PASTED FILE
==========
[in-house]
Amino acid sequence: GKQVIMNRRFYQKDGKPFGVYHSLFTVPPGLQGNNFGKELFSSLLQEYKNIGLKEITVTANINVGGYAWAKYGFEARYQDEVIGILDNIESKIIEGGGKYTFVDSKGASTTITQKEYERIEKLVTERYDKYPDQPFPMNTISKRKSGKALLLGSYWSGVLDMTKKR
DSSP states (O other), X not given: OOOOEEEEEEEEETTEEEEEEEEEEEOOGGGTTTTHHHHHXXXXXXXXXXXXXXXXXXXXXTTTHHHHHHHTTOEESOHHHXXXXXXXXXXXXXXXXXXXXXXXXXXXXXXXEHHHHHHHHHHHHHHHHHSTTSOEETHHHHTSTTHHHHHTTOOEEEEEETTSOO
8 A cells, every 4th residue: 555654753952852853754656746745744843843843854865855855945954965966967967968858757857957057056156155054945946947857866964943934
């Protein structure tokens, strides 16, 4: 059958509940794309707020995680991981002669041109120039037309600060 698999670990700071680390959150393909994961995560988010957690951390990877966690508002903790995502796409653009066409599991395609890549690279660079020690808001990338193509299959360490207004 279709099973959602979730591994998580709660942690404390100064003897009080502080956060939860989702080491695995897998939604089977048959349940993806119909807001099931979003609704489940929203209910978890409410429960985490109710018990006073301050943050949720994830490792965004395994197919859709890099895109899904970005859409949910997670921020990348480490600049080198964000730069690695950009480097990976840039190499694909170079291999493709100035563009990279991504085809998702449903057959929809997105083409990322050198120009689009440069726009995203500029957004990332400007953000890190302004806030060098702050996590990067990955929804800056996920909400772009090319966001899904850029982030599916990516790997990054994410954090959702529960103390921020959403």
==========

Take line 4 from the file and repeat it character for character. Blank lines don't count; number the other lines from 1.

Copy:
8 A cells, every 4th residue: 555654753952852853754656746745744843843843854865855855945954965966967967968858757857957057056156155054945946947857866964943934